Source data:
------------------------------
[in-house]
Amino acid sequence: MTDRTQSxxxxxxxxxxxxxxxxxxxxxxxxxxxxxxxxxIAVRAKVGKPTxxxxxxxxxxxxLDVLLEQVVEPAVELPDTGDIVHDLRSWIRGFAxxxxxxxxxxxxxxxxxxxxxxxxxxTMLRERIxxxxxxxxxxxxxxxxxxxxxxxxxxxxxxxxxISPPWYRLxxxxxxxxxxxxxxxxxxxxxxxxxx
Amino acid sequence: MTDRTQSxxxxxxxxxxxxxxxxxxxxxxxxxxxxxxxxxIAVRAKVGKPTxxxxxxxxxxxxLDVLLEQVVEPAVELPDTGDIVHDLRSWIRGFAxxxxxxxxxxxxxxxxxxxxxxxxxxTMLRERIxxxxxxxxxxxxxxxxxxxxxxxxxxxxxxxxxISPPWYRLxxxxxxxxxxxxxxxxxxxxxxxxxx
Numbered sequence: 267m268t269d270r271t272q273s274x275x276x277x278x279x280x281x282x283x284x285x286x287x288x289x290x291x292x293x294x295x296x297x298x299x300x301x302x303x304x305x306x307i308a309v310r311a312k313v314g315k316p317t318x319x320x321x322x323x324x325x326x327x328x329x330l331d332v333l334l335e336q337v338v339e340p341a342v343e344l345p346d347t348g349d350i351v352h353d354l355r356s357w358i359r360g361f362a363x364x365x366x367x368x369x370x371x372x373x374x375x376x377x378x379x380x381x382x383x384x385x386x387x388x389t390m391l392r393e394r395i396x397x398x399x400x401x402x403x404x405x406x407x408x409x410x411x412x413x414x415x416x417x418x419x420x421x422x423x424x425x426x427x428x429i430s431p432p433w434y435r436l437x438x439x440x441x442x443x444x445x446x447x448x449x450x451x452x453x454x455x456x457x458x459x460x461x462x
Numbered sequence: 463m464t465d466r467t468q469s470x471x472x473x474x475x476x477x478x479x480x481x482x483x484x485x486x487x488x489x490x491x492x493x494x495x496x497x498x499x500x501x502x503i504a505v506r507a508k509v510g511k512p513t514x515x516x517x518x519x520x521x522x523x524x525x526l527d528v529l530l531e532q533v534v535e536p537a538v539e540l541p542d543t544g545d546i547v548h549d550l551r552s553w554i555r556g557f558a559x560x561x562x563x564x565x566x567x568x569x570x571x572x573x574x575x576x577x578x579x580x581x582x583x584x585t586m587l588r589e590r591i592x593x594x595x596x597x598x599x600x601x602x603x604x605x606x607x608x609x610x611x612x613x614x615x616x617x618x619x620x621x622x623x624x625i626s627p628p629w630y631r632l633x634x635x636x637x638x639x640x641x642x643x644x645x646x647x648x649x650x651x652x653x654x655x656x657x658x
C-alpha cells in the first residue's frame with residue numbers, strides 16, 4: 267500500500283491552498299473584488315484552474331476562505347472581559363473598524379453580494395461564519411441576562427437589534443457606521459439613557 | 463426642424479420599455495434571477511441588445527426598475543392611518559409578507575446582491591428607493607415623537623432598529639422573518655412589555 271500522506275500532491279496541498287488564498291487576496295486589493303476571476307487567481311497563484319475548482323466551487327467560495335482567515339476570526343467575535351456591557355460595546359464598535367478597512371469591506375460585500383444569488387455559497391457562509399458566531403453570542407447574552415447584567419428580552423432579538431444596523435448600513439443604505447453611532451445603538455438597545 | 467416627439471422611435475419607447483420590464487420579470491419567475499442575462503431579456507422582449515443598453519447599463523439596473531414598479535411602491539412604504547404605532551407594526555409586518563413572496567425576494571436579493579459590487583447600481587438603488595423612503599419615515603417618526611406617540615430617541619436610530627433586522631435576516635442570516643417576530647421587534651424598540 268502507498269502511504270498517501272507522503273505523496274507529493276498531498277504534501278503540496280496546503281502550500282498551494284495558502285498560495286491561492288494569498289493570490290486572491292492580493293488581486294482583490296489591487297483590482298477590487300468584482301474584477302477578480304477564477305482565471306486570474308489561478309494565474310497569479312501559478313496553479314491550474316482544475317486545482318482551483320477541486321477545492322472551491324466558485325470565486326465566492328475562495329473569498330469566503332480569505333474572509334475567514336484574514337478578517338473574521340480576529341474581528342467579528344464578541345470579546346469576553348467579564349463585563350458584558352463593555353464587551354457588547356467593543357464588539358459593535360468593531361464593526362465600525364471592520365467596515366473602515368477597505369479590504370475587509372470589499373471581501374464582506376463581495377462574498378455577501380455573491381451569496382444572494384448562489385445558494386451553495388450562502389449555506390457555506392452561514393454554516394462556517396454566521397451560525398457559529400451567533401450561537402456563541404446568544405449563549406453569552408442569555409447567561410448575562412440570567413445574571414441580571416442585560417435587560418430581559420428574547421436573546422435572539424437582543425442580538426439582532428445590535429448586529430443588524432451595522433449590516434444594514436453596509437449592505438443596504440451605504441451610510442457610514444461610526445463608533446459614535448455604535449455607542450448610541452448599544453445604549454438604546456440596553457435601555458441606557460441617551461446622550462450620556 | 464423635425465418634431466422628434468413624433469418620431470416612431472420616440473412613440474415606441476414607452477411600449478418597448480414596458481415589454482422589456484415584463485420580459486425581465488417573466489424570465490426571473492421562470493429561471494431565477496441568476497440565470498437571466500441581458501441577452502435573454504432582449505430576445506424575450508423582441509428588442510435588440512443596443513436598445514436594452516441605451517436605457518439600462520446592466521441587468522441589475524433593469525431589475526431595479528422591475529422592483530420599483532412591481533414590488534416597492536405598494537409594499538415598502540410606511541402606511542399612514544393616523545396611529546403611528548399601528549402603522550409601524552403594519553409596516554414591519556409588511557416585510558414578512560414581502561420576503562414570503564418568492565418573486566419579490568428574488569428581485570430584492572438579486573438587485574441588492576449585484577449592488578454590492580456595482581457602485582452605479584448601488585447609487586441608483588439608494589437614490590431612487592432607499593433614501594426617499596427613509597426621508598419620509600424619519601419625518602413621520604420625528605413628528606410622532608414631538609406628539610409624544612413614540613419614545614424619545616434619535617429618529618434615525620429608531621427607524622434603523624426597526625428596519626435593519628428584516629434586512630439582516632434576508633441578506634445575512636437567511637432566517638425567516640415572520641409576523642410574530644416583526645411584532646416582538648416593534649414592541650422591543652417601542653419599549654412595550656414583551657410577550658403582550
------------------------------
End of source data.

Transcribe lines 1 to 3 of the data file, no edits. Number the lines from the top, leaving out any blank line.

[in-house]
Amino acid sequence: MTDRTQSxxxxxxxxxxxxxxxxxxxxxxxxxxxxxxxxxIAVRAKVGKPTxxxxxxxxxxxxLDVLLEQVVEPAVELPDTGDIVHDLRSWIRGFAxxxxxxxxxxxxxxxxxxxxxxxxxxTMLRERIxxxxxxxxxxxxxxxxxxxxxxxxxxxxxxxxxISPPWYRLxxxxxxxxxxxxxxxxxxxxxxxxxx
Amino acid sequence: MTDRTQSxxxxxxxxxxxxxxxxxxxxxxxxxxxxxxxxxIAVRAKVGKPTxxxxxxxxxxxxLDVLLEQVVEPAVELPDTGDIVHDLRSWIRGFAxxxxxxxxxxxxxxxxxxxxxxxxxxTMLRERIxxxxxxxxxxxxxxxxxxxxxxxxxxxxxxxxxISPPWYRLxxxxxxxxxxxxxxxxxxxxxxxxxx